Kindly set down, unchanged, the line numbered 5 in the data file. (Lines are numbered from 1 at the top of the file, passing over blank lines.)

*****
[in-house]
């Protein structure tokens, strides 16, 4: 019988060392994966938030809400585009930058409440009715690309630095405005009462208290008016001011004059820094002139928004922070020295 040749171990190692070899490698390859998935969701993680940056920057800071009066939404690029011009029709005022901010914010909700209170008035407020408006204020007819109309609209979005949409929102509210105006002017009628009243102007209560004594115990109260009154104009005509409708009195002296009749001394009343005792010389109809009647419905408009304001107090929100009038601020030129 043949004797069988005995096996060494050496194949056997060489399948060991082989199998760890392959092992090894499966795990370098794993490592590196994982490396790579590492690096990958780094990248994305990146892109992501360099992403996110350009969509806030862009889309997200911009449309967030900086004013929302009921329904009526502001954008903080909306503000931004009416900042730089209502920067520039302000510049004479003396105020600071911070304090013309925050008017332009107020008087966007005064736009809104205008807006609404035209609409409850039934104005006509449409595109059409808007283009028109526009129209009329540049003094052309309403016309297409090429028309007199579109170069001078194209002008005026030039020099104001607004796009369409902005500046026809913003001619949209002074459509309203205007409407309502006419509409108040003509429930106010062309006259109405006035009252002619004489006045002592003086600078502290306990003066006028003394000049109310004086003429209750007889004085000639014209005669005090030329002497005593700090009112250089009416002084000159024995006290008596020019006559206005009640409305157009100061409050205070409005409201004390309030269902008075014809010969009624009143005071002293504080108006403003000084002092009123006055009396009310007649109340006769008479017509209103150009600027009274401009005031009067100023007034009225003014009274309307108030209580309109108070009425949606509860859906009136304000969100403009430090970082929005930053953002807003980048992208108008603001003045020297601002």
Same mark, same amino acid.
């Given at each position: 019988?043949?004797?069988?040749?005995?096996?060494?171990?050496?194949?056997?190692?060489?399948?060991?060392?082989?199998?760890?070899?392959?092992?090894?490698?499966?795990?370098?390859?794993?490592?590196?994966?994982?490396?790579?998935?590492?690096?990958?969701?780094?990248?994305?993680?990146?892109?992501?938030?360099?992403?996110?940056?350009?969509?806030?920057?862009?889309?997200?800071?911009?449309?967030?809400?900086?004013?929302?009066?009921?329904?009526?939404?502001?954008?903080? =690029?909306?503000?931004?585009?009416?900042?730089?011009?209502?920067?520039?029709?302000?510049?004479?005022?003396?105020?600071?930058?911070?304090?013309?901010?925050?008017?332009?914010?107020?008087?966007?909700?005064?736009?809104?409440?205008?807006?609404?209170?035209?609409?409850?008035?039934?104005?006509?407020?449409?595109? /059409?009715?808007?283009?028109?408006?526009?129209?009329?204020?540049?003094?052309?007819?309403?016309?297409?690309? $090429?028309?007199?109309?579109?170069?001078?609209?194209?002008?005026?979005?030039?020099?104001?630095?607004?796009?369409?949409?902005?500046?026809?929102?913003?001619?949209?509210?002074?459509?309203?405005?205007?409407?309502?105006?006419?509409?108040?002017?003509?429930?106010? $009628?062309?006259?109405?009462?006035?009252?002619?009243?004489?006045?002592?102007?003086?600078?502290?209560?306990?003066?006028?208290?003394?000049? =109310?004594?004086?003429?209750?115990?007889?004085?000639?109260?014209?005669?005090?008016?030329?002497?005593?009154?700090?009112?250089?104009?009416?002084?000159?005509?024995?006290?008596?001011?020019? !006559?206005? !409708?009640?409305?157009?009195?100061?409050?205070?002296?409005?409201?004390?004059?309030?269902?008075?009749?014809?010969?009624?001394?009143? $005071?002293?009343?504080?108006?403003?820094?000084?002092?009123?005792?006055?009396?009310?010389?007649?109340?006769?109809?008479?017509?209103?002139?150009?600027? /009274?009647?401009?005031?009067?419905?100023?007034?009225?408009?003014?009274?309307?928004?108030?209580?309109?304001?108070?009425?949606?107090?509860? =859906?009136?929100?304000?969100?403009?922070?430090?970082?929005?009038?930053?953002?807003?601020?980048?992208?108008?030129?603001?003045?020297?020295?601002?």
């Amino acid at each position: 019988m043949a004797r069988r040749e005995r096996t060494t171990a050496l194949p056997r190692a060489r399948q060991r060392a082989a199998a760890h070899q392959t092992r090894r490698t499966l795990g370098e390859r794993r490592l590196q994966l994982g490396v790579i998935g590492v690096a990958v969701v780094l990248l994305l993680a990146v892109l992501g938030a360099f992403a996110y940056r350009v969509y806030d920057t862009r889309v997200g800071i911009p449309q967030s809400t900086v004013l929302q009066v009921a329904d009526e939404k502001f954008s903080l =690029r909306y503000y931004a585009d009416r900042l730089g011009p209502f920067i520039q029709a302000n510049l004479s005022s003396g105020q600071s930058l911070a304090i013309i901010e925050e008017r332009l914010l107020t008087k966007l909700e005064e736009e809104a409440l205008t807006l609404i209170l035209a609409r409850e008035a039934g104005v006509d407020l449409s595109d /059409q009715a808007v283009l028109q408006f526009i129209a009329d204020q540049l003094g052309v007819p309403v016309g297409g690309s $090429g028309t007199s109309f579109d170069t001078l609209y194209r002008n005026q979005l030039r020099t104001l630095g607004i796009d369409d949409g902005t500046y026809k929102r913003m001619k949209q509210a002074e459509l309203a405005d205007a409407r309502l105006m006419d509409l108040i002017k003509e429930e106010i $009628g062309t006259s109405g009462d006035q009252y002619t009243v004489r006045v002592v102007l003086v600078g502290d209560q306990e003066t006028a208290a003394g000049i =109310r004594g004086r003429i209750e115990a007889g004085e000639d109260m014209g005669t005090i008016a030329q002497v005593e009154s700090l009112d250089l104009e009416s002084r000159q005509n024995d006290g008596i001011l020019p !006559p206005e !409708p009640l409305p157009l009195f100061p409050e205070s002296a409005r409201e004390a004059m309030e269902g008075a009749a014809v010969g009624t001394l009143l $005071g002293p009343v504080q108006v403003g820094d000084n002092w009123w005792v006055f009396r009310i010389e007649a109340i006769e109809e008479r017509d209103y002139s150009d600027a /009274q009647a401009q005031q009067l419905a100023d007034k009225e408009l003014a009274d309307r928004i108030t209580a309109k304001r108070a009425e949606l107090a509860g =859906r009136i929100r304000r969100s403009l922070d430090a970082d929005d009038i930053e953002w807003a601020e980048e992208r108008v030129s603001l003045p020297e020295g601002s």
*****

């Amino acid at each position: 019988m043949a004797r069988r040749e005995r096996t060494t171990a050496l194949p056997r190692a060489r399948q060991r060392a082989a199998a760890h070899q392959t092992r090894r490698t499966l795990g370098e390859r794993r490592l590196q994966l994982g490396v790579i998935g590492v690096a990958v969701v780094l990248l994305l993680a990146v892109l992501g938030a360099f992403a996110y940056r350009v969509y806030d920057t862009r889309v997200g800071i911009p449309q967030s809400t900086v004013l929302q009066v009921a329904d009526e939404k502001f954008s903080l =690029r909306y503000y931004a585009d009416r900042l730089g011009p209502f920067i520039q029709a302000n510049l004479s005022s003396g105020q600071s930058l911070a304090i013309i901010e925050e008017r332009l914010l107020t008087k966007l909700e005064e736009e809104a409440l205008t807006l609404i209170l035209a609409r409850e008035a039934g104005v006509d407020l449409s595109d /059409q009715a808007v283009l028109q408006f526009i129209a009329d204020q540049l003094g052309v007819p309403v016309g297409g690309s $090429g028309t007199s109309f579109d170069t001078l609209y194209r002008n005026q979005l030039r020099t104001l630095g607004i796009d369409d949409g902005t500046y026809k929102r913003m001619k949209q509210a002074e459509l309203a405005d205007a409407r309502l105006m006419d509409l108040i002017k003509e429930e106010i $009628g062309t006259s109405g009462d006035q009252y002619t009243v004489r006045v002592v102007l003086v600078g502290d209560q306990e003066t006028a208290a003394g000049i =109310r004594g004086r003429i209750e115990a007889g004085e000639d109260m014209g005669t005090i008016a030329q002497v005593e009154s700090l009112d250089l104009e009416s002084r000159q005509n024995d006290g008596i001011l020019p !006559p206005e !409708p009640l409305p157009l009195f100061p409050e205070s002296a409005r409201e004390a004059m309030e269902g008075a009749a014809v010969g009624t001394l009143l $005071g002293p009343v504080q108006v403003g820094d000084n002092w009123w005792v006055f009396r009310i010389e007649a109340i006769e109809e008479r017509d209103y002139s150009d600027a /009274q009647a401009q005031q009067l419905a100023d007034k009225e408009l003014a009274d309307r928004i108030t209580a309109k304001r108070a009425e949606l107090a509860g =859906r009136i929100r304000r969100s403009l922070d430090a970082d929005d009038i930053e953002w807003a601020e980048e992208r108008v030129s603001l003045p020297e020295g601002s």